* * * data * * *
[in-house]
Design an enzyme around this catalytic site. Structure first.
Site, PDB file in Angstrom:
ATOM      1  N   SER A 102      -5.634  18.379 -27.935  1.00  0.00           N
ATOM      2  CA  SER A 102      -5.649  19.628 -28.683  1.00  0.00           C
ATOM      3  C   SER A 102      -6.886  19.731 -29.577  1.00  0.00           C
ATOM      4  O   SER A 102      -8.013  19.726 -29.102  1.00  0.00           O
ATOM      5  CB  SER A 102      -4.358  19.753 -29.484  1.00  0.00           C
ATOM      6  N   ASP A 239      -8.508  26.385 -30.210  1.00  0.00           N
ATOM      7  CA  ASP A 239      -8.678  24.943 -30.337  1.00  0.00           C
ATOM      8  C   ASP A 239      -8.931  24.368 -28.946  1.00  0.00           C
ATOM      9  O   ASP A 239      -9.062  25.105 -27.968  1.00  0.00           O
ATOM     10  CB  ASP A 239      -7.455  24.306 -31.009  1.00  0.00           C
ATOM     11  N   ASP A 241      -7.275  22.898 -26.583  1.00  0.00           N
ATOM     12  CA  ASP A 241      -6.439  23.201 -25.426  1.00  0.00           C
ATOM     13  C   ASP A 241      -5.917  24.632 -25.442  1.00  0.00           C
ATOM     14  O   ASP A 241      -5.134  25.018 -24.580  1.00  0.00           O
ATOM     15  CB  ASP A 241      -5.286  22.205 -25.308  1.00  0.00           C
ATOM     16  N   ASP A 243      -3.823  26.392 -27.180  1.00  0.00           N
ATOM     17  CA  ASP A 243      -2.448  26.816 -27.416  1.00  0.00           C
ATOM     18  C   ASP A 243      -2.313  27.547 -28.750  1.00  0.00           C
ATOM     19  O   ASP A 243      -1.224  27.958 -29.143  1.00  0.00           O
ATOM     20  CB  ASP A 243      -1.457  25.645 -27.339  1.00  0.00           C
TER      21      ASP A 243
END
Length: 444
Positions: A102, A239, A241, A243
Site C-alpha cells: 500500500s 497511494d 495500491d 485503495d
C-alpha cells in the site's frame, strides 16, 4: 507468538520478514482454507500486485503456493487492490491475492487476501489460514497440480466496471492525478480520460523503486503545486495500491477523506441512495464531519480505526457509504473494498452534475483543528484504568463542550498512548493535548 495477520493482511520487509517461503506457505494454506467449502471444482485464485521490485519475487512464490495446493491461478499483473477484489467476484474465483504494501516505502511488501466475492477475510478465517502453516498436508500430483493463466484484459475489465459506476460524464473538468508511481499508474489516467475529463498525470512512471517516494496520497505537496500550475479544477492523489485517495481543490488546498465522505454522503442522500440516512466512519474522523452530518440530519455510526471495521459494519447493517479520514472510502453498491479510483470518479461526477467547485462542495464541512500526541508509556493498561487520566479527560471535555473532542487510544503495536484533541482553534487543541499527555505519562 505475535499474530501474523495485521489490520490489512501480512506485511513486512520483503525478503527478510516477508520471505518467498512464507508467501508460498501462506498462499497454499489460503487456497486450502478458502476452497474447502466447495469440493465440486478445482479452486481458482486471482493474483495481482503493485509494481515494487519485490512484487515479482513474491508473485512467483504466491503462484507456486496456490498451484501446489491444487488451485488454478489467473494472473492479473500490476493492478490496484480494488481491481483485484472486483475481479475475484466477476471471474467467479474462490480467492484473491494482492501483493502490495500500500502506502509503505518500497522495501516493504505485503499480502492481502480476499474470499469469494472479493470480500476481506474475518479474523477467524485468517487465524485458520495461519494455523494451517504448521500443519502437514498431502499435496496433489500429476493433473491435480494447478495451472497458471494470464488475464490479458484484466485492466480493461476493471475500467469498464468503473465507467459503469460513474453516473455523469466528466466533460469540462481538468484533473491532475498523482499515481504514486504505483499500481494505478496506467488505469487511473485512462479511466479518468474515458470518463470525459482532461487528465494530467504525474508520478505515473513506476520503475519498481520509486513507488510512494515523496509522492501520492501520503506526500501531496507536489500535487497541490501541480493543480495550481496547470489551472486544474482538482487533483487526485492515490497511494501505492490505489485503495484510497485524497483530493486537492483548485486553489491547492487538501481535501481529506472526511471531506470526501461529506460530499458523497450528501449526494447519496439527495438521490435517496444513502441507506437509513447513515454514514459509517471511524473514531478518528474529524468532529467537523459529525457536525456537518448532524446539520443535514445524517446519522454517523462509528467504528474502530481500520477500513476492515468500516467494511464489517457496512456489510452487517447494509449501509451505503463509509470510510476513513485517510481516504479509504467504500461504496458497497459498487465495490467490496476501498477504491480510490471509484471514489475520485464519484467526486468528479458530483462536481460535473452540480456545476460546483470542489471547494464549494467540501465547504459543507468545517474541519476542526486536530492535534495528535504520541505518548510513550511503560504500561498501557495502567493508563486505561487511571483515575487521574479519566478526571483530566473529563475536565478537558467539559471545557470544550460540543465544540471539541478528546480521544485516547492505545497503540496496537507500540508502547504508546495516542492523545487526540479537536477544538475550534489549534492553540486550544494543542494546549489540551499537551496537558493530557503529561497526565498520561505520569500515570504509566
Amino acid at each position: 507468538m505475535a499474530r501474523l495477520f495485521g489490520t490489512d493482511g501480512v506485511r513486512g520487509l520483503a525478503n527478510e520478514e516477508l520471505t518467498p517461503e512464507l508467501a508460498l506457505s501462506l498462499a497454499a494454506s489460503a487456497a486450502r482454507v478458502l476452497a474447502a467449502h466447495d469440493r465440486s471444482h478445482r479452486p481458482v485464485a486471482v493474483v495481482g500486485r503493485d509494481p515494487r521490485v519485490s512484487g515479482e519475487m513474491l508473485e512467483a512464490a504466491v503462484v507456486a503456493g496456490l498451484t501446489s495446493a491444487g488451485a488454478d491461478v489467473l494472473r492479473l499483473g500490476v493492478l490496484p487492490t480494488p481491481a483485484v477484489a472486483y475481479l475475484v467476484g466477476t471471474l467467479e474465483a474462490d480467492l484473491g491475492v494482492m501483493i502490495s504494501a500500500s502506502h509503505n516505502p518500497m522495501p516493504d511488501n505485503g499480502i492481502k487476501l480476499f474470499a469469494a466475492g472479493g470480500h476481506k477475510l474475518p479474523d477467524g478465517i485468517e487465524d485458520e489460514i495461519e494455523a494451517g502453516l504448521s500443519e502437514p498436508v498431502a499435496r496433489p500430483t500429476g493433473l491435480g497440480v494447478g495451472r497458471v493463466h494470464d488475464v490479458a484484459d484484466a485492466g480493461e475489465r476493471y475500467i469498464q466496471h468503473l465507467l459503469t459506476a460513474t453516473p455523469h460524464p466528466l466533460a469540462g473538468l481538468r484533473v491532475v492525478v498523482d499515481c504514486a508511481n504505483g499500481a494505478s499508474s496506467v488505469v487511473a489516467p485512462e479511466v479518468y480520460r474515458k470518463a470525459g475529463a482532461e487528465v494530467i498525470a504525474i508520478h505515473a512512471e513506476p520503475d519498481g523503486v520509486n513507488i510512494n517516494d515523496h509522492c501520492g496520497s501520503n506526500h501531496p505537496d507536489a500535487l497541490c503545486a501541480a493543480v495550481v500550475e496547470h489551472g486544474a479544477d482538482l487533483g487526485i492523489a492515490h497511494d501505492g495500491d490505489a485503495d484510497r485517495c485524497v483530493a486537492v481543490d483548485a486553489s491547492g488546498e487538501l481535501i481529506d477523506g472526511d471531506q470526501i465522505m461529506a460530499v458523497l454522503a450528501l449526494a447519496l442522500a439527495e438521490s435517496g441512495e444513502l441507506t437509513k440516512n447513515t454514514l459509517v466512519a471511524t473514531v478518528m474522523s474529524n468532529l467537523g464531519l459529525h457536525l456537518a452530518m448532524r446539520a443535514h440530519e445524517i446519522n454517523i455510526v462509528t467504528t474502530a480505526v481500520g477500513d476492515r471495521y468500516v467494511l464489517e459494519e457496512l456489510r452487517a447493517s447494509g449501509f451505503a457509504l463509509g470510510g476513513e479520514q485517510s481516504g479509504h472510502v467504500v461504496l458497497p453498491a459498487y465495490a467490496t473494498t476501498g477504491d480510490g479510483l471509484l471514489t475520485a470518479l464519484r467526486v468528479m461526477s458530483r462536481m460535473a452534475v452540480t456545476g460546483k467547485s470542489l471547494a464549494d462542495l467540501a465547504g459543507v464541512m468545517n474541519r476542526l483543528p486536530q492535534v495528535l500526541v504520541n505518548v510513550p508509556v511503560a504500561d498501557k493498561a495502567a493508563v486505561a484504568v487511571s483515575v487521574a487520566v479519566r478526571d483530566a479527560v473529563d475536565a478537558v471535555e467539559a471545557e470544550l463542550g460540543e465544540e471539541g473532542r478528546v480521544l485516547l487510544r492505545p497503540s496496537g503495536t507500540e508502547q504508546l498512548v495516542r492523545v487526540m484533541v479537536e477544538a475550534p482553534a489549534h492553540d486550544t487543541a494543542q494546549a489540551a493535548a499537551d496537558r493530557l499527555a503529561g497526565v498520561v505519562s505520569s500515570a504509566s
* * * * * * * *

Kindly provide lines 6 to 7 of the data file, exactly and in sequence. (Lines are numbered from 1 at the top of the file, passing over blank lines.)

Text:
ATOM      3  C   SER A 102      -6.886  19.731 -29.577  1.00  0.00           C
ATOM      4  O   SER A 102      -8.013  19.726 -29.102  1.00  0.00           O